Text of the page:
I eyed my boyfriend as he scrutinized the menu. Not the pesto, I chanted silently to myself, not the pesto. He looked up and said, “I think I’ll try the pesto!”

I kept my face neutral. I wasn’t going to influence him on this. Aldo, a man who is fastidious about food and who has particularly high standards when it comes to Italian, the cuisine of his mother country, would have to experience Doyle’s, a Houston institution since 1954, for himself and draw his own conclusions.

Except he’s doing it wrong, I thought, trying to telegraph this message to my dad across the table. How was he ever going to love Doyle’s if he made a rookie mistake and failed to order one of the sandwiches that have helped keep the modest, Garden Oaks/Oak Forest-adjacent restaurant on 34th Street packed with customers for more than 60 years?

As it was, I’d put this moment off for far too long. In the three years Aldo and I had been together, he’d learned most everything he needs to know about me: that I will always be moved to tears when talking about Seabiscuit, that I am 15 minutes late for every occasion, that I treat my dogs like celestial deities, that I have a lifelong passion for Disney World. He’d met all of my relatives, seen my most embarrassing school pictures.

But I’d avoided introducing him to Doyle’s, nixing it whenever my dad called up and wanted to get dinner—right up until the news broke back in February that owner Peter Doyle was selling the property to make way for affordable housing, and that the restaurant would close in late 2019 or early 2020.

My first response to the news was confusion: It simply didn’t compute. Houston is so changeable—always being torn down and rebuilt without a thought to history—it’s rare for a restaurant to last more than a handful of years here. That has the interesting effect of lending the few stalwarts that have managed to survive, even thrive, for decades an eternal quality. Yes, I’d seen many of my family’s beloved spots—Felix’s, Ducho’s, Mexicatessen, to name a few—depart over the years, but it truly never occurred to me that Doyle’s might someday join their ranks, done in by issues as mundane as rising property taxes and an increase in operating costs.

My next reaction was resignation: The time had come to bring Aldo. It would be bad if he hated it, but it would be so much worse if he never experienced it at all.

So one spring evening we headed over, pulling up to the squat, white-brick building, where cooks have been serving up a circa-1950s interpretation of Italian-American cuisine for as long as I can remember. “You’ve got to understand, I’ve been coming here literally my whole life,” I told him, pointing out the Marvin Zindler Blue Ribbon Awards that lined the walls as we strolled in and slid past the hostess to my favorite table, the four-top next to one of only two windows in the entire dining room, where my dad was already waiting. “This is my history.”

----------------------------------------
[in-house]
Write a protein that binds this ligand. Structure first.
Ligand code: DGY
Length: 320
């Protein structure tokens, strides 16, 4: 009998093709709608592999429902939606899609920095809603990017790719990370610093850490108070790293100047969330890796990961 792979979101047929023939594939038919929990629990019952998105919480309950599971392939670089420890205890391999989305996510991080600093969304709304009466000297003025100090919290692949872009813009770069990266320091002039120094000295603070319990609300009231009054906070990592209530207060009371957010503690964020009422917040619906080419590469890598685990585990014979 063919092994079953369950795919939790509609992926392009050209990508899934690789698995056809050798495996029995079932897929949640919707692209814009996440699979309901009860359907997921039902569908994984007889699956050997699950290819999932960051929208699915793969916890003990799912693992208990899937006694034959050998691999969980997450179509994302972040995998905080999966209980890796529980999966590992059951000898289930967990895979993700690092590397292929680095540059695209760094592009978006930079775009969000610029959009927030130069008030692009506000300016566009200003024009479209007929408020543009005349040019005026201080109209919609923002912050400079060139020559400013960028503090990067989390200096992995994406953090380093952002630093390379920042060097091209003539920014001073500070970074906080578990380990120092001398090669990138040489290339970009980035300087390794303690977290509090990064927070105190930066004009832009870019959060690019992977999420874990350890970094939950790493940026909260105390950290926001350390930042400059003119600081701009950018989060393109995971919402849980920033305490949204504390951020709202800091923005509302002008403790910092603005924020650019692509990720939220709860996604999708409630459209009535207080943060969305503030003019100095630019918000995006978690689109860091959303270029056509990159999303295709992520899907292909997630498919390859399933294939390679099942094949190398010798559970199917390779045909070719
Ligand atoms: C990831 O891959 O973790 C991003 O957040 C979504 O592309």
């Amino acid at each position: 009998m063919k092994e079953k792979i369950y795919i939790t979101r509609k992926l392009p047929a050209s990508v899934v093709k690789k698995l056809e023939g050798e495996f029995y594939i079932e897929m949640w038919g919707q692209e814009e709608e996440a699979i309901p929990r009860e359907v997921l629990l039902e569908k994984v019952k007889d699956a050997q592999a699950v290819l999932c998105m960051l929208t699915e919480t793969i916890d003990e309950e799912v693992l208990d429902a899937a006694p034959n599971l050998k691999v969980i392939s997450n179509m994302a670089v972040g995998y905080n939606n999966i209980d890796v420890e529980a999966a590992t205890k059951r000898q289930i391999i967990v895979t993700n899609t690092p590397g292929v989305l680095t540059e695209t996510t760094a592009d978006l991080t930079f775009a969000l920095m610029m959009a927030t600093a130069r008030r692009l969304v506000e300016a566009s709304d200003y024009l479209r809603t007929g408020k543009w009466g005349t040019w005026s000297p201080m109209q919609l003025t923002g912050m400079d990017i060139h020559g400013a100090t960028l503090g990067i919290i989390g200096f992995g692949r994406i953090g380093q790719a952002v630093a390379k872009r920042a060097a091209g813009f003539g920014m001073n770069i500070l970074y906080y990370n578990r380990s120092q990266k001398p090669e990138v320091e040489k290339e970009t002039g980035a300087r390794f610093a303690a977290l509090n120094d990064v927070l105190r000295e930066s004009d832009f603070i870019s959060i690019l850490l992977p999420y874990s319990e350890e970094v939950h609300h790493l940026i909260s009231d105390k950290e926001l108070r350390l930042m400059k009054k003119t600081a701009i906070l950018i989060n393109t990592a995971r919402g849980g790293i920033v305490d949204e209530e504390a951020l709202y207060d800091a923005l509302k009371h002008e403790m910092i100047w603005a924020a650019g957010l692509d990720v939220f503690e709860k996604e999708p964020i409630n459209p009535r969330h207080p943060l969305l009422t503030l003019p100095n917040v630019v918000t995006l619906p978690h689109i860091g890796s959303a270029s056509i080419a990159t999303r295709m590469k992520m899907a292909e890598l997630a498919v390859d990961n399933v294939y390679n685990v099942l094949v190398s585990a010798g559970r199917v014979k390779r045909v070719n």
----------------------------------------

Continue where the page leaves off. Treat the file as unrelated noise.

“Uh, sure,” my dad said. “Get ready to order. I’m hungry.”

I asked for my usual—the Old World po-boy and a cup of tomato basil soup. My dad went for the Hero. Then it was Aldo’s turn.

“I’ll take…” He hesitated, glancing at me before seeming to get the message. “I’ll take the club sandwich on wheat. With Swiss cheese.”

I breathed a sigh of relief, then pulled a wedge of butter-soaked garlic bread from its wicker basket, gesturing to Aldo to do the same. “I swear, this bread is like Proust’s madeleine to me,” I announced.

“Dianna, I think you’re being a little melodramatic,” my dad said, as the waitress brought out our drinks. I clutched my glass of chianti and tried to relax.

Image: Jenn Duncan

When Leo Doyle and his sister Cloe opened their delicatessen at its first location, on 43rd Street and Ella Boulevard, back in 1954, my grandpa, Joe Wray, had a glass shop just down the block and a house in nearby Oak Forest. He and Mr. Doyle, as my family still refers to him, became friends, and soon my grandparents and their kids—among them my dad—were regulars, always stopping in to pick up a pizza or grab a sandwich. They weren’t the only ones who made a habit of the place. Despite its having only a tiny dining area, the delicatessen got so popular that just three years after opening, Mr. Doyle snapped up a property on 34th Street, whose previous lives included bar and revival church, and turned it into the restaurant that we know today.

Yes, from my earliest memories, Doyle’s was my family’s go-to. Mr. Doyle, a master at working the room, would come around to each table, asking newcomers how the food was and greeting regulars by name, with questions about their families, their health, their lives. He called me “the bambina,” at first because I was literally a baby, placed on the table in my carrier. Each year when my birthday rolled around, it was Mr. Doyle who would bring out my little birthday cake and light the candles. Time passed. I graduated to a high-chair, where I gummed pieces of garlic bread, then a booster seat and my own plate of spaghetti.

Both sides of my family loved the place. I never knew my grandmother on my dad’s side, who died before I was born, but I used to picture her sitting at one of the same tables we’d sit at years later, having the same food, staring at the same print of The Peasant Wedding, a copy of the Dutch Renaissance painting that had been hanging near my preferred table for … as far as I was concerned, forever. I did know my other granny, on my mom’s side. The two of us loved to ponder whether we could get away with swiping the print, stuffing it inside her famously enormous purse.